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Chopin’s 200th Anniversary

Celebrate one of the greatest piano composers in history, Frιdιric Chopin, by listening to the Polish pianist Krystian Zimerman’s performance of Ballade no 2 in F-major while following along in Chopin’s autograph manuscript. Read more >>

Poll
Question: - Is there a LIST? or Just THEORY? Specific KEYS:Certain Keys create Certain Moods, Feelings-MOVIES -
keys and moods - 0 (0%)
keys and feelings - 1 (100%)
Total Voters: 1

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Author Topic: - In Specific KEYS:Certain Keys create Certain Moods, Feelings-MOVIES -  (Read 1311 times)
pianoplayerstar
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« on: September 09, 2016, 07:24:43 PM »

Members:

I remember reading somewhere where someone said certain pieces and compositions in certain keys create certain moods.

For instance, play in the Bb major for sad songs and pieces.
Play in the F# minor for more subdued jazzy reminiscent pieces... and so forth.

Is this just a theory? Purely Subjective?

Or is there an actual RULE on this like the Circle of 5ths?
pps
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perfect_pitch
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« Reply #1 on: September 09, 2016, 10:48:51 PM »

No... there isn't...

End of thread.
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vaniii
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« Reply #2 on: September 09, 2016, 10:53:41 PM »

No... there isn't...

End of thread.

This.  When shall we expect your next opus.
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dcstudio
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« Reply #3 on: September 09, 2016, 11:18:36 PM »

Members:

I remember reading somewhere where someone said certain pieces and compositions in certain keys create certain moods.

For instance, play in the Bb major for sad songs and pieces.
Play in the F# minor for more subdued jazzy reminiscent pieces... and so forth.

Is this just a theory? Purely Subjective?

Or is there an actual RULE on this like the Circle of 5ths?
pps

The concept of ethos within the ancient Greek modes (differing from the modern major modes) attributed differing feelings or power to each mode. I.e. Dorian mode was thought to increase virility.

There are intervals such as the tritone that create tension when played harmonic or melodic. Usually in movies the use this cliche to indicate danger.

Certain keys? Well when we play the blue we use the flat keys--they sound better, darker, but that also make life easier for the sax players too.

I did hear Billy Joel say he found Amajor to be "cold"

If you want a dark sound Bb major wouldn't be the best maybe Bb minor or an amalgamat
ion of the two.  Keys are chosen to present the theme or themes in a pleasant register.  Vocal range is often a deciding factor as well.  There is no rule.

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ted
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« Reply #4 on: September 10, 2016, 12:34:06 AM »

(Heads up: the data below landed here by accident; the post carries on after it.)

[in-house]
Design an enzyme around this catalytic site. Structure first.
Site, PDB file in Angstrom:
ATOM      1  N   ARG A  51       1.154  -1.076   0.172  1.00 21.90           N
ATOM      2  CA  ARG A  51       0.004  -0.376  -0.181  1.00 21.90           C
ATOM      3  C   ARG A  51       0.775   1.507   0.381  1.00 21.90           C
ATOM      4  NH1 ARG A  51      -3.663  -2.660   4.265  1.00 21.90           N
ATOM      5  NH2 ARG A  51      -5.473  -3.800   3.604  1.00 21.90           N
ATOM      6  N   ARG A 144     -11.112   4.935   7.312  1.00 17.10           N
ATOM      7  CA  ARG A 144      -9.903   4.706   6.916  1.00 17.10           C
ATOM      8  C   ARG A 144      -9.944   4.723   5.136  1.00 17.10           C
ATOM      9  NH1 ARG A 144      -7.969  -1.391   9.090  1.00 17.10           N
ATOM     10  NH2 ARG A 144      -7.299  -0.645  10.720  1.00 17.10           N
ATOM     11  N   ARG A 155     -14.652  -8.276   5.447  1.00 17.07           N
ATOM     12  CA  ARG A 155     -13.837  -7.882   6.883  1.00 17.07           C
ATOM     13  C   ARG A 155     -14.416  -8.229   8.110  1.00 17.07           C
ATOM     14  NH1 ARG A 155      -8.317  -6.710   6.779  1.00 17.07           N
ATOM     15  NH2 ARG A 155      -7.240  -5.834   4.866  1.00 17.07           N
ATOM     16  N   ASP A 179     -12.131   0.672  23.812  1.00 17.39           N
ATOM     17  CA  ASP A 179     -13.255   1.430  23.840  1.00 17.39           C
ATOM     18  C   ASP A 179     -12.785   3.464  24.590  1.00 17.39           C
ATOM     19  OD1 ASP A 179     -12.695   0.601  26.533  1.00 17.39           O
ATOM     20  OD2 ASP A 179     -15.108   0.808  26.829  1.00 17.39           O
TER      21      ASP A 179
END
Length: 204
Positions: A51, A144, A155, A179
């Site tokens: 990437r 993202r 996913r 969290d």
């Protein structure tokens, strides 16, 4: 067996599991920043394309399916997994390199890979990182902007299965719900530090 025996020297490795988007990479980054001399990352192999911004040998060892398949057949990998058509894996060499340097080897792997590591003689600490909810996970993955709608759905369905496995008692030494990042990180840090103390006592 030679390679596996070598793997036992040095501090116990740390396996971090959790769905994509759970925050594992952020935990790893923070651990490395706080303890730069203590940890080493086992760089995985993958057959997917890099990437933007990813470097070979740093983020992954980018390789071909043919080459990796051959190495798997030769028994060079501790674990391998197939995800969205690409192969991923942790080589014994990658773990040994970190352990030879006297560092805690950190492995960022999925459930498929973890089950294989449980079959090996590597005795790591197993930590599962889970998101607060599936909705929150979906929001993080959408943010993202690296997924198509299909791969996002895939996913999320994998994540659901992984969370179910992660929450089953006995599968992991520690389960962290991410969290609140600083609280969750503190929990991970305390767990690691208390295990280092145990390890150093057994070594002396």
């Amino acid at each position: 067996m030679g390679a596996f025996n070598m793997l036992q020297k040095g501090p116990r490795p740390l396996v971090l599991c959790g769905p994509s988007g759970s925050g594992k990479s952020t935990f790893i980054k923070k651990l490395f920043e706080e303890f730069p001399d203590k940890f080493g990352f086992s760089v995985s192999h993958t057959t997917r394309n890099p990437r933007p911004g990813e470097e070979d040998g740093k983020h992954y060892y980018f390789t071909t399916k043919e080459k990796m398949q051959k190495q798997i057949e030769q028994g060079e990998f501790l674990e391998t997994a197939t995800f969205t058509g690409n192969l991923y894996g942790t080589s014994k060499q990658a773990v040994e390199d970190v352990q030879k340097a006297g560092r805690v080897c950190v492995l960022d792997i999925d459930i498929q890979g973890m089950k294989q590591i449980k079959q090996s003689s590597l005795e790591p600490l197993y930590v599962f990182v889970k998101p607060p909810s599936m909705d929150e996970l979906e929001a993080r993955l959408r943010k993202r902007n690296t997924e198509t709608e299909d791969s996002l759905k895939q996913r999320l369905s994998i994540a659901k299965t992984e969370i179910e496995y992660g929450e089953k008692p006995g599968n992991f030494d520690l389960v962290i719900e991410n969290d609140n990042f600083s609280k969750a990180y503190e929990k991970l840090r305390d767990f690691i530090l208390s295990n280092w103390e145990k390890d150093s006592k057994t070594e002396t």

They don't for me, one key is as good as another, but I have no idea which key I am listening to anyway. My teacher knew exactly what he heard but it mattered little to him either. Perhaps the associations form through habits unrelated to sound.
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piano petals
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« Reply #5 on: September 10, 2016, 01:24:50 AM »


There is an interesting view of key signatures at artofcomposing.com. Go to the December 2012 blog of Jon Brantingham and scroll down.  Roll Eyes
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keypeg
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« Reply #6 on: September 10, 2016, 02:20:06 AM »

Look up temperament, and the different tempering of piano keys historically.  The tempering or tuning of pianos in modern times is a kind of compromise making all keys equally playable and everything just slightly out of tune vis-a-vis each other.  Before that, certain keys (in the sense of G major, Db major etc., not in the sense of piano keys) had different qualities because of the tuning.  When the tuning or temperament changed, this phenomenon also went away.
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quantum
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« Reply #7 on: September 10, 2016, 03:09:58 PM »

Another question is, did composers choose to write specific moods in specific keys and did that in turn lead to the notion that a key evokes a certain mood.  During the period where non-equal  temperaments were the mainstay, perhaps this was the case.  But following that, did the practice of writing specific moods into keys continue further into the period of time where equal temperament was the norm, as if continuing the long held associations with keys? 

Is the mood-mode relationship dependent on composer intention?
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« Reply #8 on: September 10, 2016, 07:29:46 PM »